Guide to starting a new fitness regime this summer
If you have been planning to pick up recreational cycling, this simple guide will help you
From not being able to ride a bicycle as a child in the late 1980s, to completing her first 200km brevet (long-distance cycling) in 2015, Ranjana Deopa has come a long way. Deopa is, in fact, now a triathlete, having completed the Ironman 70.3 in December 2016 at Bahrain in 7.56 hours.
“I remember that before the first brevet in 2015, I had somehow not trained as much as I would have wanted to. I wasn’t even sure how I would sit on the saddle for so long and how my body would react when I got tired,” says Deopa, founder and chief executive officer of Altavis Consulting and chief operating officer of BD Foundation, a non-profit that provides a platform for creating awareness on inclusive practices, conducting research and building an advocacy platform to promote inclusive leadership. She finished the 200km, cheered on by her husband Nitin Chadha, a super randonneur himself.
There is more to cycling, however, than long distances and titles. It is a sport almost anyone can pick up. In a study titled Health Benefits Of Cycling: A Systematic Review (2011), published in the Scandinavian Journal Of Medicine And Science In Sports, the lead authors of the study, P. Oja and S. Titze, found children and adolescents who were regulars in recreational cycling showed strong evidence of improved cardio-respiratory endurance and muscular fitness, better bone health, and improved cardiovascular and metabolic health biomarkers. In adults, there was strong evidence, for instance, of lower risk of early death, heart disease, stroke, type 2 diabetes, high blood pressure, adverse blood lipid profiles, metabolic syndrome, colon and breast cancers.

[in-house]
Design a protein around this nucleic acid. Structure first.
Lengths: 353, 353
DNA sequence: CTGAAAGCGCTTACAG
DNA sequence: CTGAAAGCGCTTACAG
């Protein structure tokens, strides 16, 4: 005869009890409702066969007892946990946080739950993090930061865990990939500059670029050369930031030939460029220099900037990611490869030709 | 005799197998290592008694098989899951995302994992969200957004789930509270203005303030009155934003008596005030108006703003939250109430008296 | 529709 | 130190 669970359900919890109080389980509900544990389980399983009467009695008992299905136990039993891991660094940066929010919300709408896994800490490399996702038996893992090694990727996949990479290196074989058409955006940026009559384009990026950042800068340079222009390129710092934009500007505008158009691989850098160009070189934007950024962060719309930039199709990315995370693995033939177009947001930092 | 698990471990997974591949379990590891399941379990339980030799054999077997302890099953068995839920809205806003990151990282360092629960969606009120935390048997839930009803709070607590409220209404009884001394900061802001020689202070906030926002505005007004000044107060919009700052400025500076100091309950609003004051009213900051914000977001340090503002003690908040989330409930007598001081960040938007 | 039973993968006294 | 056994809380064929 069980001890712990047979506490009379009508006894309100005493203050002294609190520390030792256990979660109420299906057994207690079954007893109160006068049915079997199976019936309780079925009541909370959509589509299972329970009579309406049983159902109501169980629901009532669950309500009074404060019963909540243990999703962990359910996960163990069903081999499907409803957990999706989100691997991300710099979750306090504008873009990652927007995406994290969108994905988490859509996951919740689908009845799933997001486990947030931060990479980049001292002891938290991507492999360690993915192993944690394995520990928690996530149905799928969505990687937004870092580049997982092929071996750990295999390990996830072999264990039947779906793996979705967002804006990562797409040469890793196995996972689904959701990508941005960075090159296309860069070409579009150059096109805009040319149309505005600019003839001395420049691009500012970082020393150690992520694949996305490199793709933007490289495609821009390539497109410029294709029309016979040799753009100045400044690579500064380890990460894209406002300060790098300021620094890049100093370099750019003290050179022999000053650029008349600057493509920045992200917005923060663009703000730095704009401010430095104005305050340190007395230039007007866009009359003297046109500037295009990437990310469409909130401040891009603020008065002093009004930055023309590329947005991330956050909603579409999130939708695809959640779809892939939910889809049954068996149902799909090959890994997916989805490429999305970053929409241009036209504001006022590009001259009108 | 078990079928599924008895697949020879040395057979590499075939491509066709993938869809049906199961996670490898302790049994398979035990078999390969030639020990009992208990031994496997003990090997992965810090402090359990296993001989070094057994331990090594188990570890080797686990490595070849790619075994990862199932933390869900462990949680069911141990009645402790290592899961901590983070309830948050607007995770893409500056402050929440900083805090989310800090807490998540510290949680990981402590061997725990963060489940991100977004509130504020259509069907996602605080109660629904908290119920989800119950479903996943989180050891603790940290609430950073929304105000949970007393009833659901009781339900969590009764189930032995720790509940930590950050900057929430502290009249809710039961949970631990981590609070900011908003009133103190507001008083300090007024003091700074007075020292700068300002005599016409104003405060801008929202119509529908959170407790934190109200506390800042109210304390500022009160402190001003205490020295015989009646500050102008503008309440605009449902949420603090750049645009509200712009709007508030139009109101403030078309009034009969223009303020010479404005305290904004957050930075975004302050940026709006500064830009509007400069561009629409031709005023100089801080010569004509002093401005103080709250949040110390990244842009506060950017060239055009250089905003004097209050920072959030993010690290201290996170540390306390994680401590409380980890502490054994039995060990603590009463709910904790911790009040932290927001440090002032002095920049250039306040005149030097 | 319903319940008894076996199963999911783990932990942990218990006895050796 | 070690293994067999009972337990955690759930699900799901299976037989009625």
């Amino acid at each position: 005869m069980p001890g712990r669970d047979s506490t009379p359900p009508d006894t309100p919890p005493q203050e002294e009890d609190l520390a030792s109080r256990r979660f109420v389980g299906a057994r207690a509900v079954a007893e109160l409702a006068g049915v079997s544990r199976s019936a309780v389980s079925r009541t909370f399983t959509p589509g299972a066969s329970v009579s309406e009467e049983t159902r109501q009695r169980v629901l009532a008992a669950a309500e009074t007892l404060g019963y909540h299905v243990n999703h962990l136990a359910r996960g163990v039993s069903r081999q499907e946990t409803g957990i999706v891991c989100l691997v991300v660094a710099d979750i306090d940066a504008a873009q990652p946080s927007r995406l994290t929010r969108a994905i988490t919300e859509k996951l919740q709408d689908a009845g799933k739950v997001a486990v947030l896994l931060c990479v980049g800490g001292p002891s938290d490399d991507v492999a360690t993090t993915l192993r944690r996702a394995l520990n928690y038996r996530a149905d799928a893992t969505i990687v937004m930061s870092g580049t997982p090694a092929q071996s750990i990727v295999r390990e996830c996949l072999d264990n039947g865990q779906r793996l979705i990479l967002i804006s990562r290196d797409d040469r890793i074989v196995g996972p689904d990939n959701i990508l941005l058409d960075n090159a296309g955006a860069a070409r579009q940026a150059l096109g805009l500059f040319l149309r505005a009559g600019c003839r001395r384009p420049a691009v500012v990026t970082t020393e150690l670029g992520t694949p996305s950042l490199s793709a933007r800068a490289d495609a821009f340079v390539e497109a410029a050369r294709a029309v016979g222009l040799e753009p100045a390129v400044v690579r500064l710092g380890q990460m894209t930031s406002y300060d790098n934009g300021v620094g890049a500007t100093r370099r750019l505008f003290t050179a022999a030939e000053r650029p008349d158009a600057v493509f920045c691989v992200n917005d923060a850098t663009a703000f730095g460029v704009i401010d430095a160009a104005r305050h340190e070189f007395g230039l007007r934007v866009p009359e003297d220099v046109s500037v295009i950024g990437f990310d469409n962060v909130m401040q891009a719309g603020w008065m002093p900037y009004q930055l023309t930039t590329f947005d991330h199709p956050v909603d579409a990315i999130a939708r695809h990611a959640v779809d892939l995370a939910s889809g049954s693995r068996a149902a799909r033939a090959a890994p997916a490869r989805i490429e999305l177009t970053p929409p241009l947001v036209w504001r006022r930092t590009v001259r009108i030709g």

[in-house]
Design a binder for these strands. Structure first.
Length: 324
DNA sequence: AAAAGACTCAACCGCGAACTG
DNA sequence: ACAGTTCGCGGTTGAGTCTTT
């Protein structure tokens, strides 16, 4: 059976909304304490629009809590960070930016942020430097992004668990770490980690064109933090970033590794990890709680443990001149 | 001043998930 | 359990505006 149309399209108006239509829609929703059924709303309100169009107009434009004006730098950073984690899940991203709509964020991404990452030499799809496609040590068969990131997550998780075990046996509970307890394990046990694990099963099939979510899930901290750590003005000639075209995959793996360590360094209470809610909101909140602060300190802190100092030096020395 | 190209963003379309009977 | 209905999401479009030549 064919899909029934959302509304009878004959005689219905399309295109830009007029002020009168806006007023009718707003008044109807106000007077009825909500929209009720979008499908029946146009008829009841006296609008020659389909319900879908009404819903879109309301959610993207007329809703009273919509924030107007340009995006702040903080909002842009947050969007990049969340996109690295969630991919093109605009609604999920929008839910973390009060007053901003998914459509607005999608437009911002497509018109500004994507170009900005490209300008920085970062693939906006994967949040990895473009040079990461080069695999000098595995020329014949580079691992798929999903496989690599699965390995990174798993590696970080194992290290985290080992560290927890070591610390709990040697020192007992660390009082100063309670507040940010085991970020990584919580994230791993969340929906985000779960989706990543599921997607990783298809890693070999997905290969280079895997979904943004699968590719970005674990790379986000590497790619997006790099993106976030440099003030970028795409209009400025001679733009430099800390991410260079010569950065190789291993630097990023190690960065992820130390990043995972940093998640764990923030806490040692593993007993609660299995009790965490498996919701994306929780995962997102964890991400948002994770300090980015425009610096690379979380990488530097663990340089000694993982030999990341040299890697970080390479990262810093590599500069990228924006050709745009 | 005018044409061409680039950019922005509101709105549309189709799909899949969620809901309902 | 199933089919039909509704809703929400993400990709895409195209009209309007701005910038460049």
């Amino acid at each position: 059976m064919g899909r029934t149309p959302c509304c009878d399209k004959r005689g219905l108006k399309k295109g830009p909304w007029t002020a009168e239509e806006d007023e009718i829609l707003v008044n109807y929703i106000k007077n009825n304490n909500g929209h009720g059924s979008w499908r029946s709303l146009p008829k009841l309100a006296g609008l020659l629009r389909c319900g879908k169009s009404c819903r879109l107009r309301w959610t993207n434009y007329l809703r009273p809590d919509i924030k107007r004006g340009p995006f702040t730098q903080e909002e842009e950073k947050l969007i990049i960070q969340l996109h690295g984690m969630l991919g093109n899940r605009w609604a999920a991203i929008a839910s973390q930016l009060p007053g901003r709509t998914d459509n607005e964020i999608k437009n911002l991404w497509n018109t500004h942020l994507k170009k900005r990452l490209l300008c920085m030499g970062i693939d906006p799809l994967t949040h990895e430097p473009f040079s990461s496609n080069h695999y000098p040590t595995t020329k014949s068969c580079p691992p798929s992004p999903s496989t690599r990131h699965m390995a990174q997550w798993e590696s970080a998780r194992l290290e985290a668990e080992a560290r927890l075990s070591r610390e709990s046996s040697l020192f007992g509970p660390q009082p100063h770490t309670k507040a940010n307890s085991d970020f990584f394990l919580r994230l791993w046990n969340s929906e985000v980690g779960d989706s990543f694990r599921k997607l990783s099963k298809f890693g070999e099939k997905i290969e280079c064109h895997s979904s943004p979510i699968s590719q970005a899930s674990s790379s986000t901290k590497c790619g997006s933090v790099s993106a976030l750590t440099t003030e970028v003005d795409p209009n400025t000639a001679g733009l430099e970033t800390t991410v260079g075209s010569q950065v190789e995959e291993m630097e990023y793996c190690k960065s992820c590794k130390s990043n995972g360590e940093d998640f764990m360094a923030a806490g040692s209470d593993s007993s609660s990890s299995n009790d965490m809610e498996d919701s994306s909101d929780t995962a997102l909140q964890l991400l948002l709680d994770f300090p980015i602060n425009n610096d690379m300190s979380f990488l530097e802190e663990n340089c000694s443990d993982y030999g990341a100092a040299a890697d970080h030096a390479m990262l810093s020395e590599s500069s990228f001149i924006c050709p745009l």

“Anyone can take up cycling. Since your weight gets distributed among your seat, hands and feet while riding, the chances of injury are less. This is also relatively easier for people suffering from lower limb problems—like knee issues, osteoarthritis or imbalance—compared to exercises like jogging or running,” explains Prateek Kumar Gupta, consultant orthopaedic and sports surgeon at south Delhi’s A+ Orthopaedic and Sports Medicine clinic.
If you are inspired to take up cycling, here’s how you can get started.
Step 1: Bike basics
Mumbai-based Vivek Menon returned to cycling in 2013 after 18 years. Since then, he has participated in cycling events as well as triathlons, including the Ironman 70.3 in Colombo on 25 February.
Menon, who also trains enthusiasts, has realized that many recreational cyclists buy low-budget cycles. “You can’t be stingy about buying a cycle. A cheap bike is not built to last for long. The wear and tear on the bike will send you rushing to the repair shop more often than not, especially if you are on the heavier side.”
Just buying an expensive and hi-tech bike will not be enough, however. Most bikes come in a standard size, and need to be readjusted to your size so that you can enjoy longer rides without pain from sitting in an uncomfortable posture.